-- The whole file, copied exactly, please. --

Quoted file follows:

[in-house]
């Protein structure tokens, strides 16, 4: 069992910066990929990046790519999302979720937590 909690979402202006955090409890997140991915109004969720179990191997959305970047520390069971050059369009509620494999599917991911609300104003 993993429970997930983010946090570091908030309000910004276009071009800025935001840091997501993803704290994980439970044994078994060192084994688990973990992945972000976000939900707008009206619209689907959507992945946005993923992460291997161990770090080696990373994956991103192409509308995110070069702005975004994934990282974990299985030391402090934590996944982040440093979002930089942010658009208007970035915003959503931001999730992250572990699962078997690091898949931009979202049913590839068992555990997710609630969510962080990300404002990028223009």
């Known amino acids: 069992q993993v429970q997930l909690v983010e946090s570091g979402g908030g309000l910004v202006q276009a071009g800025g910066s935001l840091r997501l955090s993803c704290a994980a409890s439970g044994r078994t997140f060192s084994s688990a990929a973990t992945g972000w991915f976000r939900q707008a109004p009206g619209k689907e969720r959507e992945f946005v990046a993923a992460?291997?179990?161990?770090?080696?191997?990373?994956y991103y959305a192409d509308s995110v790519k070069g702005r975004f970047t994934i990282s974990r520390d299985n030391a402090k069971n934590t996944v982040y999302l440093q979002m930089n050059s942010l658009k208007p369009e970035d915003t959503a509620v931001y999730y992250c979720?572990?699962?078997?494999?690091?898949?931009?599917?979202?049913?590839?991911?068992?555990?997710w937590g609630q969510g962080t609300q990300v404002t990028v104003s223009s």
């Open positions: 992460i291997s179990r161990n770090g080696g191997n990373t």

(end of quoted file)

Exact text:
[in-house]
């Protein structure tokens, strides 16, 4: 069992910066990929990046790519999302979720937590 909690979402202006955090409890997140991915109004969720179990191997959305970047520390069971050059369009509620494999599917991911609300104003 993993429970997930983010946090570091908030309000910004276009071009800025935001840091997501993803704290994980439970044994078994060192084994688990973990992945972000976000939900707008009206619209689907959507992945946005993923992460291997161990770090080696990373994956991103192409509308995110070069702005975004994934990282974990299985030391402090934590996944982040440093979002930089942010658009208007970035915003959503931001999730992250572990699962078997690091898949931009979202049913590839068992555990997710609630969510962080990300404002990028223009």
């Known amino acids: 069992q993993v429970q997930l909690v983010e946090s570091g979402g908030g309000l910004v202006q276009a071009g800025g910066s935001l840091r997501l955090s993803c704290a994980a409890s439970g044994r078994t997140f060192s084994s688990a990929a973990t992945g972000w991915f976000r939900q707008a109004p009206g619209k689907e969720r959507e992945f946005v990046a993923a992460?291997?179990?161990?770090?080696?191997?990373?994956y991103y959305a192409d509308s995110v790519k070069g702005r975004f970047t994934i990282s974990r520390d299985n030391a402090k069971n934590t996944v982040y999302l440093q979002m930089n050059s942010l658009k208007p369009e970035d915003t959503a509620v931001y999730y992250c979720?572990?699962?078997?494999?690091?898949?931009?599917?979202?049913?590839?991911?068992?555990?997710w937590g609630q969510g962080t609300q990300v404002t990028v104003s223009s």
């Open positions: 992460i291997s179990r161990n770090g080696g191997n990373t």